We have suggested that the dense collimated flow acts as the jet that impinges on a slow diffuse shell, releasing the momentum needed to form the shocks detected in H$\alpha $, as for for the northern shocks (Sect. 3.1). Two of the arguments used in that case, the disruption of the dense collimated tail seen in CO and scattered visible light and the fact that it stops just behind the H$\alpha $ forward shock, can be also applied to the southern regions. We stress the strikingly tight association between the last clump detected in the red continuum and the southernmost H$\alpha $ feature: the scattered light feature is inwards than and clearly in contact with the H$\alpha $ one, it is difficult to avoid the conclusion that the dense clump is literally pushing the H$\alpha $ emitting gas.

3.3 The center of the nebula and the maximum of scattered light

H$\alpha $ emission is very weak from the central parts of the nebula (see our continuum-subtracted images, Figs. 1 and 3, bottom, and spectroscopic data by Sánchez Contreras et al. 2000a), except for the southern lanes that appear in the images forming an angle $\sim$$\pm$40$^\circ$ with respect to the symmetry axis (a part of the wide bubble discussed in Sect. 3.2.1). In these inner regions, the continuum images, due to scattering by dust grains, show however rich intense features.

A disk- or torus-like high-obscuration region appears in the center. We have represented in our images by asterisks the position of the SiO maser, which is known with an accuracy better than $\sim$01 from Plateau de Bure connected interferometry, Sánchez Contreras et al. (2000b) and VLBA long-baseline interferometry, Sánchez Contreras et al. (2002). In the latter paper, it is argued that the SiO maser structure is closely associated with the central M-type star, since the total extent of the maser emission is only slightly larger than the stellar size itself. So, this position can be used to identify the central star of OH 231.8+4.2; in fact the maser data are the most accurate way to locate the star in our case. The continuum light in the optical and NIR shows a relative minimum in this disk-like feature that surrounds the central star (Figs. 13). We also note the presence of an elongated relative maximum at about 1'' from the star, represented by the blue contour in the inset in Fig. 3 (right-upper panel). The shape and position of this structure, clearly associated with a minimum in the 2.05 $\mu $m/1.6 $\mu $m intensity ratio, suggests that it corresponds to a region with relatively low obscuration or showing intense second order scattering, due to some fortunate geometrical coincidence. This interpretation is supported by the approximate coincidence of the assumed position of the star with the maximum of the obscuration seen in the optical and NIR color images (Fig. 3, top panels) and with the maximum of the CO emission at the systemic velocity ($\sim$33 km s-1 LSR, Alcolea et al. 2001).

The fact that the central star is not detected to a limit $\sim$10-20 erg Å-1 cm-2 s-1 in our 7910 Å image, although its unabsorbed intensity per pixel should be $\sim$5$\times$10-12 erg Å-1 cm-2 s-1 (for a total luminosity $\sim$104 $L_{\odot}$ and an efficient stellar temperature $T_{\rm eff}$ $\sim$ 2500 K, see Sect. 1), shows that the obscuration is high. We deduce that the dust extinction at 7910 Å in this direction is $\stackrel{>}{\scriptstyle \sim}$22 mag. We estimate, from the standard conversion from optical extinction to gas column density in the interstellar medium, that more than about 5$\times$1022 cm-2 particles are in front of the star. If the typical length of this column is 2.25$\times$1016 cm (equivalent to 1'' in the images), we deduce in the central torus an average density $\stackrel{>}{\scriptstyle \sim}$2$\times$106 cm-3.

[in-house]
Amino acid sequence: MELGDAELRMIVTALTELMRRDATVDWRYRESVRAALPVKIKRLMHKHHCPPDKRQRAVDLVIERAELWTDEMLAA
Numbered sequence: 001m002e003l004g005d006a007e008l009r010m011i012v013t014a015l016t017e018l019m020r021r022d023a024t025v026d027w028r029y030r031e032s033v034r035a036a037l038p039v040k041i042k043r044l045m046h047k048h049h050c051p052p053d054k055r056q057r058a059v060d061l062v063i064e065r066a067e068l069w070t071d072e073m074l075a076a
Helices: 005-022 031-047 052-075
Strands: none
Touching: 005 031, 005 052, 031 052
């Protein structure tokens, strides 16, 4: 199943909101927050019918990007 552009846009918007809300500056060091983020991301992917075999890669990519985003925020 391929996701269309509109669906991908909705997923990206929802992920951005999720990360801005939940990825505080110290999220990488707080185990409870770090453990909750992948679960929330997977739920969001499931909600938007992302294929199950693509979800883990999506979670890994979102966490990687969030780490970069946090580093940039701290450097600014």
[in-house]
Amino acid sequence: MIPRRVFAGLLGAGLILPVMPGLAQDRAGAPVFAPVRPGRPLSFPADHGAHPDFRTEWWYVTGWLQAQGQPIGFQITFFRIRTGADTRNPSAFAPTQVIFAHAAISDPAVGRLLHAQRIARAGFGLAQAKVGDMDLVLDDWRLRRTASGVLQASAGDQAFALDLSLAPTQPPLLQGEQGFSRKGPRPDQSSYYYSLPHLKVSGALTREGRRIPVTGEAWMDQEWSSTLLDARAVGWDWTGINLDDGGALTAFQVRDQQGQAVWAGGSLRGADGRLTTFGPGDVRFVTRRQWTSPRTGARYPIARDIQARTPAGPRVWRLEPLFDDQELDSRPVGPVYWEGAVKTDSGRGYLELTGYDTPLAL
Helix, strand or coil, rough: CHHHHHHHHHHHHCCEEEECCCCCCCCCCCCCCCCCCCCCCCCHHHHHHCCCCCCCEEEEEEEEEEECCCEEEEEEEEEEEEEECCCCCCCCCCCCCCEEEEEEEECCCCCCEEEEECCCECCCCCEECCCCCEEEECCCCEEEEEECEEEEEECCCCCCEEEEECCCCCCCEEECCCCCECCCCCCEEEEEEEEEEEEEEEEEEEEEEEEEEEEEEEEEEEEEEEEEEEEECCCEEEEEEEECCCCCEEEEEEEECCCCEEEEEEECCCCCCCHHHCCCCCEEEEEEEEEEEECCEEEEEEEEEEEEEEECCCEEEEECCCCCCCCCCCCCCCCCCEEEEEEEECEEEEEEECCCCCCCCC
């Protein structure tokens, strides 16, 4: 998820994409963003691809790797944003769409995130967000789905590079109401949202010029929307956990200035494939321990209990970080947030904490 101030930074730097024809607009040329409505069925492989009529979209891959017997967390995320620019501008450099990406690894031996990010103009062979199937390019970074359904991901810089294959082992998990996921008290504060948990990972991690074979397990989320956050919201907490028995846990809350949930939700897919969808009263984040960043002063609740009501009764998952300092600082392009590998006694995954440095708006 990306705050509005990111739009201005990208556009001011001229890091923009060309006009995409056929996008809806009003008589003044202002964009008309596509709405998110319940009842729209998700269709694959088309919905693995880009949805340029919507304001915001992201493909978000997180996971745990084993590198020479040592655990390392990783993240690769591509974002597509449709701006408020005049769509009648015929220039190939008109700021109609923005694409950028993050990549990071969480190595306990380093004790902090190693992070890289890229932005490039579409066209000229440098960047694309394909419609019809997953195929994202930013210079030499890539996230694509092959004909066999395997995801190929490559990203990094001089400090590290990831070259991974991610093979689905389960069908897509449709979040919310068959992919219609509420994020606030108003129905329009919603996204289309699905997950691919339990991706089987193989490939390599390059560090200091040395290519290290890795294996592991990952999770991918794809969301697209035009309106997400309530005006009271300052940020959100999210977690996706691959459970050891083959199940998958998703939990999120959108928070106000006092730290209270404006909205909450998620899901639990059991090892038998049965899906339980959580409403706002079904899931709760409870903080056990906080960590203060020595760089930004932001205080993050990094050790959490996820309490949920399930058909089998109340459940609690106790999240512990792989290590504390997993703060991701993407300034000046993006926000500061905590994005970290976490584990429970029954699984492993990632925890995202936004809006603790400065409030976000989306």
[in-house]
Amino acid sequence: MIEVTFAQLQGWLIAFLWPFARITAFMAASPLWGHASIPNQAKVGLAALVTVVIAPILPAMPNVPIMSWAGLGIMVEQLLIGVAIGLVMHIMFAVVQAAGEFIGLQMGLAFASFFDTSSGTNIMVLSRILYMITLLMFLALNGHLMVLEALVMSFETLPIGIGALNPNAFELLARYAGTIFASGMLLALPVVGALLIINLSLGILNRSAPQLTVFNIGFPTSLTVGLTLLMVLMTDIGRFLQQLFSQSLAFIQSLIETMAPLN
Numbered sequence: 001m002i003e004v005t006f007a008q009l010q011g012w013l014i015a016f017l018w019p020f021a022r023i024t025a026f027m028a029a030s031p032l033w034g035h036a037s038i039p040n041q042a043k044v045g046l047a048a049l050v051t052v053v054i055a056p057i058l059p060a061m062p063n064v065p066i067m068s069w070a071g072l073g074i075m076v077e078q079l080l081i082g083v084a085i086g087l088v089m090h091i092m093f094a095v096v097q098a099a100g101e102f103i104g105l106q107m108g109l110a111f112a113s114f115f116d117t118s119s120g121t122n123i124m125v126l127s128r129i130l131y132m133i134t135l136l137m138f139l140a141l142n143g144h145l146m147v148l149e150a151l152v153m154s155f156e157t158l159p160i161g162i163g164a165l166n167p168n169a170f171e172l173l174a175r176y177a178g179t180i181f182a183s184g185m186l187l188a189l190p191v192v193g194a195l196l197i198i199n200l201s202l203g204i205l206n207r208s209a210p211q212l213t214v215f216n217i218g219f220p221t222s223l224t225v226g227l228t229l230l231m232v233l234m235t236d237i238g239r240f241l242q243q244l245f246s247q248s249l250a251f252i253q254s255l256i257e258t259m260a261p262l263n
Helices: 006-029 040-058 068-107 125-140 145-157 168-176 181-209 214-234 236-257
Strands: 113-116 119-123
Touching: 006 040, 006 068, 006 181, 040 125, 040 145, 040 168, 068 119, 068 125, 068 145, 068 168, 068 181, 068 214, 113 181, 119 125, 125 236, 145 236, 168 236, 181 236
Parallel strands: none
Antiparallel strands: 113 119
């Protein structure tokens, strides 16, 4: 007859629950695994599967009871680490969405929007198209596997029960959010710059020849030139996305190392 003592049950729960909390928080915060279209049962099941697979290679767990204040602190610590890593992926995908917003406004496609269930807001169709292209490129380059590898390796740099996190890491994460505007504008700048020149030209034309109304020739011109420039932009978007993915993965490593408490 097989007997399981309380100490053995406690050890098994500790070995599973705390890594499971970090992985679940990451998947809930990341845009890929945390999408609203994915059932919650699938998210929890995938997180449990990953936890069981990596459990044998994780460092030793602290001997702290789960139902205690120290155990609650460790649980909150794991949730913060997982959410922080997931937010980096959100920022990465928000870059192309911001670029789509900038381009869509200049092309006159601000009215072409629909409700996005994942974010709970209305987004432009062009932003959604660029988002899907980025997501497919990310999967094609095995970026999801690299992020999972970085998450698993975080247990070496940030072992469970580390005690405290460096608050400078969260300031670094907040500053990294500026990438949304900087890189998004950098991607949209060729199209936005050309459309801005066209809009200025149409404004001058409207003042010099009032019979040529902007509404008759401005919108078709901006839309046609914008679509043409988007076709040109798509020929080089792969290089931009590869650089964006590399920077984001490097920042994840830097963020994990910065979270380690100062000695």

The absence of a stellar image in the NICMOS data also gives a limit to the optical depth in the NIR. We estimate that the stellar image in our H-band image (Fig. 3) is weaker than $\sim$20$\times$10-20 erg Å-1 cm-2 s-1 and that the expected stellar emission would be $\sim$6$\times$10-12 erg Å-1 cm-2 s-1. So an extinction $\stackrel{>}{\scriptstyle \sim}$19 mag is expected at this wavelength, which, following the above reasoning, would yield column densities $\stackrel{>}{\scriptstyle \sim}$1023 cm-2 and densities $\stackrel{>}{\scriptstyle \sim}$5$\times$106 cm-3.

These values of the density are very high but expected, since the CO data indicate average densities in the inner $\sim$3'' of about 3$\times$106 cm-3 (Alcolea et al. 2001). So, the limits to the column density derived from the nondetection of the central star are compatible with the high densities expected in the central regions of OH 231.8+4.2.

The northern and southern nearby regions are however bright in scattered light. Obviously, these clumps reflect the stellar light that escapes by the polar holes of the central, opaque torus. The southern region is significantly brighter that the northern one, despite the north lobe is pointing to us (see comments in Alcolea et al. 2001). Both inner lobes are complex, with filaments close to the axis and a kind of hourglass structure. In general, CO emission also traces both the axial filaments and the hourglass structure (Alcolea et al. 2001; note that in this case the lower resolution of the CO data, $\sim$1'', prevents a very detailed comparison).